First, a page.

My dear friend Jeanne moved on to a new stage of her life that meant buying her own home.
Bubbling with excitement, she took me to see the house as soon as she signed the papers.
When we pulled up to the house, she had tears in her eyes from happiness.
It's a grand new house, complete with soaring cathedral ceilings and a master bathroom her grandson thinks is big enough for a basketball team.
Faced for the first time with buying a home completely on her own, Jeanne did a good job of thinking about all the variables. She wanted a new home that wouldn't demand repairs or updating.
The home also appealed to her because it came completely furnished with nice furniture that fit with Jeanne's taste.
"I tried to think of everything and all potential expenses as I was picking a place," she said.
There was one thing she didn't check before she signed the papers: the neighbors.
Neighbors are important to Jeanne as they are for me. She relishes a friendly relationship with neighbors, just as she had in her old neighborhood where she made friends up and down the block.
I do have to say her old neighborhood was extraordinary with mostly lively, retired folks who love to socialize. They were always finding excuses to have neighborhood parties.
When someone is going away, one of the neighbors volunteer to watch the house, take in the mail and water the plants. They share fruit from their trees and produce from their gardens.
Everybody in her old neighborhood always took a shine to easygoing Jeanne and I hope she will find the same kind of neighbors near her new home.
So far, she hasn't met a neighbor. There are homes up and down the block but Jeanne says the street seems devoid of people.
"I never see anyone coming or going. No cars, no movement," Jeanne says.
Some people would love that kind of place. They call it wonderful privacy. Many like to drive home, shut their garage door and enjoy privacy.
According to HGTV, a desire for privacy is high on demand from potential buyers.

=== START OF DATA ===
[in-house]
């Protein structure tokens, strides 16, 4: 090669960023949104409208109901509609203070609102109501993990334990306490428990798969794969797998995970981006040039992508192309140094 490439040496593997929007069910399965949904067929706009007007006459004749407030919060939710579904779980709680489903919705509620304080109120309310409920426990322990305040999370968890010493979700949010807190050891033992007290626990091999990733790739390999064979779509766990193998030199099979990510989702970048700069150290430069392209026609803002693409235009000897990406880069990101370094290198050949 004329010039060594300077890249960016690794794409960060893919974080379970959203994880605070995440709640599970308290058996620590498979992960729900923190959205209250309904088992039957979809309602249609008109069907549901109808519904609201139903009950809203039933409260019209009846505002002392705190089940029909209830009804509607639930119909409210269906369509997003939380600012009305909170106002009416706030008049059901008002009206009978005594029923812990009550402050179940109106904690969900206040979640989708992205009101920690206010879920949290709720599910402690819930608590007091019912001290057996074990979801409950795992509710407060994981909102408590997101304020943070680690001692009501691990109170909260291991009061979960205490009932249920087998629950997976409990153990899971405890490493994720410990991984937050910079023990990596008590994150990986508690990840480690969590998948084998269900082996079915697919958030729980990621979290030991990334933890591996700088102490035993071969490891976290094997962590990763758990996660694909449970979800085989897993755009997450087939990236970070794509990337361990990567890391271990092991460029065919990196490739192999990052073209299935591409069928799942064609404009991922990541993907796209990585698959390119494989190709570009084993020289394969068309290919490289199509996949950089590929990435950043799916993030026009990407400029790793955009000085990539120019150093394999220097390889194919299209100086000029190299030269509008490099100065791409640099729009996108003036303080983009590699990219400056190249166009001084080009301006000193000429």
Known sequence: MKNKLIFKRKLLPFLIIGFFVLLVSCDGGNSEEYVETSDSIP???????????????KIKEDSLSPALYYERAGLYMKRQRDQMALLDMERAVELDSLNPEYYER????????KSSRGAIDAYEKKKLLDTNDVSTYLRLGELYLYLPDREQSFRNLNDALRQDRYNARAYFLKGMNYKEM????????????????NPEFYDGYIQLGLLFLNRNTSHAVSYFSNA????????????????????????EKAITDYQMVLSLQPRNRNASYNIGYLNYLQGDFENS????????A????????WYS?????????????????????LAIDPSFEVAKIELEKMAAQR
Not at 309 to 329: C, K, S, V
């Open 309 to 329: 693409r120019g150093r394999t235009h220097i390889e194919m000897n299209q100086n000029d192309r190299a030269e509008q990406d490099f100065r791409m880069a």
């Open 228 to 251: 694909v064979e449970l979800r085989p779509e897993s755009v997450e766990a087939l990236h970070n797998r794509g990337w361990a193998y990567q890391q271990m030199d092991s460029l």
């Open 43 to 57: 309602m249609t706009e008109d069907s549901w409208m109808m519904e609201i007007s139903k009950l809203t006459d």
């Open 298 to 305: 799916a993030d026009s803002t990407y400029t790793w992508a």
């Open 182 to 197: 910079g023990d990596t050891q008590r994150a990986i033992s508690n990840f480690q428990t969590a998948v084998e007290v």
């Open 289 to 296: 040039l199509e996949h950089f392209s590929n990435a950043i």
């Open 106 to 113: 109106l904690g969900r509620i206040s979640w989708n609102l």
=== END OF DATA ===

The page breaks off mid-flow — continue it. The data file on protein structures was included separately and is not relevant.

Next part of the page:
Jeanne and I both prefer having neighbors that are, well, neighborly. We both like having people around.
Before I bought my homes in both Pennsylvania and Florida, I made sure I got to know my potential neighbors. In both instances, I was blessed with wonderful neighbors. There were plenty of times when I told myself if having great neighbors were a taxable asset, the taxes on my home would soar.
When I was considering buying the sweet little cottage I now own in Florida, I first asked the seller about the neighbors. She told me they are so wonderful she was reluctant to move away from them.
We laugh about that conversation a lot because when I asked her that question about neighbors we had no idea what would come next for her. After she bought a home in a more upscale part of our development, she eventually sold her big house and moved back to her old neighborhood. She now lives across the street from me and we are close friends forever friends.
We would do anything for each other. Sometimes I cook something for her family so she can relax for a night. When I have an early morning doctor's appointment, Kay doesn't mind getting up early to take me. What a joy it is to have her back on "our block."
My neighbors are friendly and caring. But they are not intrusive. They tend not to visit unless invited.
I grew up in the coal regions where we didn't stand on ceremony and we didn't think we needed an engraved invitation to visit neighbors. But the world has changed since then and most people tend not to stop by without an invitation.
I often call Kay to have coffee with me in the morning, or, to be a guinea pig for a new recipe I'm trying.
She's my favorite neighbor, but fortunately, she's not the only nice neighbor on the block.
In late summer a storm with high winds blew down two trees in my yard. One fell across my driveway and had to be taken care of right away.
I went outside with big cutters to work on the tree. It was sweltering hot and my clothes quickly were soon soaked through.
Before I could get very far, Bob, my next-door neighbor appeared with an electrical saw. "You'll be there all day with those clippers. I'll take care of it for you," he offered.
He not only cut the two trees into manageable pieces, but he also hauled them away. That's the kind of neighbors I have.
People can make or break a neighborhood.
My friends Pat and Tom live in a great house but they have what they call the ultimate neighbor from hell.
The scary neighbor is forever screaming obscenities at neighbors or calling police to complain about imagined infractions.
When he threatened to shoot the neighbor on the other side, she moved away because she couldn't take his tirades anymore.
All it takes is one neighbor like that to ruin a neighborhood.
When people are buying a home, they hire an inspector to find any problem. Few thoroughly check the neighbors.
Neighbors can enhance or take away from the desirability of a home.
Whether you're seeking privacy or friendliness, it's pays to know what you're getting.